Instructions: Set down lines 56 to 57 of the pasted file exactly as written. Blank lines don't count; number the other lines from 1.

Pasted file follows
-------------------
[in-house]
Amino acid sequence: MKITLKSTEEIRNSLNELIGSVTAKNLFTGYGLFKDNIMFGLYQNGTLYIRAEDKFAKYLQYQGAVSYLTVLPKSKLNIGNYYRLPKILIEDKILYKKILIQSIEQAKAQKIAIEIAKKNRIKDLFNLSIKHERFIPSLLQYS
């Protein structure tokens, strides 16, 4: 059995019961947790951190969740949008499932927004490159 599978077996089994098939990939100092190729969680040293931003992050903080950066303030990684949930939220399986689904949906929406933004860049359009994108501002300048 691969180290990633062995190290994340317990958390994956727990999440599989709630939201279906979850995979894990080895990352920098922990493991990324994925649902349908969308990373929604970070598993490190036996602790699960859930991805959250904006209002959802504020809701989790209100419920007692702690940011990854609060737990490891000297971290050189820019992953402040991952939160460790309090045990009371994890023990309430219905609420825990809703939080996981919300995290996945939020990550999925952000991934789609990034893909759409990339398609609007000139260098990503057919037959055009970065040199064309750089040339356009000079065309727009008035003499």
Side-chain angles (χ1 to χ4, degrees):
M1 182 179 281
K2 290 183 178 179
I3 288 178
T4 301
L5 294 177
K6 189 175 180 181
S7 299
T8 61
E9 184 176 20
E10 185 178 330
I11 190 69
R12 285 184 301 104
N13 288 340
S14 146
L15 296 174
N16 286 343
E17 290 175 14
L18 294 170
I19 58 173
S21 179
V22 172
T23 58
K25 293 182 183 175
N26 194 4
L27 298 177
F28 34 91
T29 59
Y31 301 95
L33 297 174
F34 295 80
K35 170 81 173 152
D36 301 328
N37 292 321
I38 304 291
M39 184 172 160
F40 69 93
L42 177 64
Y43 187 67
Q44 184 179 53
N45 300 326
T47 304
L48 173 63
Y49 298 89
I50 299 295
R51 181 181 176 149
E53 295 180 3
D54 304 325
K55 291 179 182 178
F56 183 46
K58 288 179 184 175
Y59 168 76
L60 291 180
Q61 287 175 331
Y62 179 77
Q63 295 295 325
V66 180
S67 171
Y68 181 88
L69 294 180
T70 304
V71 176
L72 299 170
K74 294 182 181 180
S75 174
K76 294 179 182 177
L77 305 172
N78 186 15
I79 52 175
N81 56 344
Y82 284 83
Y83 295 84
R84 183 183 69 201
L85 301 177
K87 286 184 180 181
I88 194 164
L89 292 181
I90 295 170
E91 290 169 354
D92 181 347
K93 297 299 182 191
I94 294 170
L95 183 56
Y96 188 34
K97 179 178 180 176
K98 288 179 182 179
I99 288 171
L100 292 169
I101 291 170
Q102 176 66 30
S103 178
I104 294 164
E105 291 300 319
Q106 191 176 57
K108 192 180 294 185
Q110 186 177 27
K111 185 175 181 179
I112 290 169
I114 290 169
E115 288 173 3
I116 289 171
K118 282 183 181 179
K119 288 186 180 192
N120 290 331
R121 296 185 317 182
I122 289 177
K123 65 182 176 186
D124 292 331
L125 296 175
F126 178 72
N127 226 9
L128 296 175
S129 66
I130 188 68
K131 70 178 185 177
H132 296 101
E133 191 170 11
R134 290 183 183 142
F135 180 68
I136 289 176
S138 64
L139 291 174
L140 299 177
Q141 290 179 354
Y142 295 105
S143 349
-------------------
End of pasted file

L60 291 180
Q61 287 175 331